Diploma Mills Cheat Students in More Ways than One

Diploma Mills Cheat StudentsThe money you pay to a degree mill has real value, but the certificate you get in exchange for it does not. It is just a piece of paper. Without being held to the high standards that accredited schools must meet, the degree you receive from a diploma mill does not demonstrate any kind of proficiency. Employers and other, established schools typically will not recognize it. Such a degree is unlikely to help you begin a new career, secure a better job, or stand out to earn a promotion.

There’s another way that diploma mills cheat students, too. Perhaps a potential employer won’t research the school and discover that it is not accredited, but while a degree from a diploma mill might help you find a job, it won’t help you excel at or keep that job. The degree may look good on your résumé, but it’s ultimately the knowledge and skills that you learn during your education that allows you to achieve success later in your career. You deserve a real education, not just a meaningless certificate.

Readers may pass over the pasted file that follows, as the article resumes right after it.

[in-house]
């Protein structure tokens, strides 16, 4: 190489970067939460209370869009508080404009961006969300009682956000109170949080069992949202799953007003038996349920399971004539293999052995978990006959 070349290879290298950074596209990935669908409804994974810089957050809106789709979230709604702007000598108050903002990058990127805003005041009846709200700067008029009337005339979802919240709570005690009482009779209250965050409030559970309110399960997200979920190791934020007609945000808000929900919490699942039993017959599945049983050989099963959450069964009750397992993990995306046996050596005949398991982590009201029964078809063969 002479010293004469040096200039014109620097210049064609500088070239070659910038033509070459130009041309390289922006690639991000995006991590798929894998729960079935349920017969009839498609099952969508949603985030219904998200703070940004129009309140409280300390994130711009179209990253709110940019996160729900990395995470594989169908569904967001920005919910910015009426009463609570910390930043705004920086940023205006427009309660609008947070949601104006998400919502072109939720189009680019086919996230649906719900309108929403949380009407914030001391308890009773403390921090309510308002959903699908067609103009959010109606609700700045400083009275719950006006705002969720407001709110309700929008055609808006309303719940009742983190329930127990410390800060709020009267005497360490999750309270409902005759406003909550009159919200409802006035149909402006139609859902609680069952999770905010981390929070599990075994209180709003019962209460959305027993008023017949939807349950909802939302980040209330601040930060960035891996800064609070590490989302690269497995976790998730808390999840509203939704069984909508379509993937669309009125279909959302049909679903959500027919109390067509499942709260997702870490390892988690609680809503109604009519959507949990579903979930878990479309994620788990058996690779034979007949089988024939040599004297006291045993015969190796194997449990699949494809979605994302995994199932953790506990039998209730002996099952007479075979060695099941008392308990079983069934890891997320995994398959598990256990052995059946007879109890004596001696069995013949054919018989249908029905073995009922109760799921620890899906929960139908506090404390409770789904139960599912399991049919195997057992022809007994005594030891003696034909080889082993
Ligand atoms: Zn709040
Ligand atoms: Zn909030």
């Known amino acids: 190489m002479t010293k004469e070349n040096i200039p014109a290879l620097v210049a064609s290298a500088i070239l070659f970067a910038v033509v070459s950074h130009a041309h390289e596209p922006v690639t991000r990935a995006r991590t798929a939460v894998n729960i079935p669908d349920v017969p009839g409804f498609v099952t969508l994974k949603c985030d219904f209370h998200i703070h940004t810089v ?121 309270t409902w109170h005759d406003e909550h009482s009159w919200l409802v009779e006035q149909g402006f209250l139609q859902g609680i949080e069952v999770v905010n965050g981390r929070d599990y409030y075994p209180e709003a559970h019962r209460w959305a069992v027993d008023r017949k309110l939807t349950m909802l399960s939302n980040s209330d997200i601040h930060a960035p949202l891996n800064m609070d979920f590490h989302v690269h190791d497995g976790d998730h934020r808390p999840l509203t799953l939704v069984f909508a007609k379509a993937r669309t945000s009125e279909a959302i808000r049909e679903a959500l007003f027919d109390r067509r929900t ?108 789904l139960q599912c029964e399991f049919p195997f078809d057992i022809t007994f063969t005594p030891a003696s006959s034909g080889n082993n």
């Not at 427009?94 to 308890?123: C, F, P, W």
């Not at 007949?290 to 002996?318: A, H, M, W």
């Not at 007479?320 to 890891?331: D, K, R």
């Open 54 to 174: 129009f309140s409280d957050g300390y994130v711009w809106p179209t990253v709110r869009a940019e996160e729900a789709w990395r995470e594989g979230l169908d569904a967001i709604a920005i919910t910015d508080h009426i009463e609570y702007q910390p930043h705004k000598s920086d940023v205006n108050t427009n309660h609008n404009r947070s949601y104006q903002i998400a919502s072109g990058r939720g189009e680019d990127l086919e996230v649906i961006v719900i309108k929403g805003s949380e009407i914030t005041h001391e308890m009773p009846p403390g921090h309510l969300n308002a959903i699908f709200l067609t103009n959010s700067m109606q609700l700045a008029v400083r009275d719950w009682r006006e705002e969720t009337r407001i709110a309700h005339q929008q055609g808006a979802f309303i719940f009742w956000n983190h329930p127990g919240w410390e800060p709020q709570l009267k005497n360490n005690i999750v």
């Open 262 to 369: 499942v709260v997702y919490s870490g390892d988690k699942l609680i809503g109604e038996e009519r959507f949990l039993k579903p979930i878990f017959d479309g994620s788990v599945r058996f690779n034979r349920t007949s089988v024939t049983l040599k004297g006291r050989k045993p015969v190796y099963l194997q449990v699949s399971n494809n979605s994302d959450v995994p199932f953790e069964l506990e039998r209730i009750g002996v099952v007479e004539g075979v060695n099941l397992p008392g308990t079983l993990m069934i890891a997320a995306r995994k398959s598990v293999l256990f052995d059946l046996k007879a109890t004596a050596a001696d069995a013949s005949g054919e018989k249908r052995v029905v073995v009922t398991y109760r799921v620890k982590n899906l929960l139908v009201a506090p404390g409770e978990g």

Getting a degree without having to study may sound especially appealing to busy students struggling to balance work, family, and other obligations. However, some opportunities simply are too good to be true. While getting an education from a legitimate, accredited school requires you to invest more money and time in your studies, it will also help you succeed in ways a degree from a diploma mill cannot.

Fortunately, most diploma mills come with a few defining characteristics that make them easier for students to spot (and therefore, to avoid). Many of these schools have bogus accreditations. The schools’ websites often have weird URLs, and the school itself may have a name that seems legitimate, though something may be off. The same can be said of the school’s name.

Another sign of a diploma mill school is high-pressure sales tactics. Along the same lines, school officials at diploma mills require students to pay very large sums of money upfront.

Finally, a diploma mill may not be able to offer students federal financial aid because the school doesn’t have regional accreditation. Students who are aware of the signs of a diploma mill are better equipped to avoid it.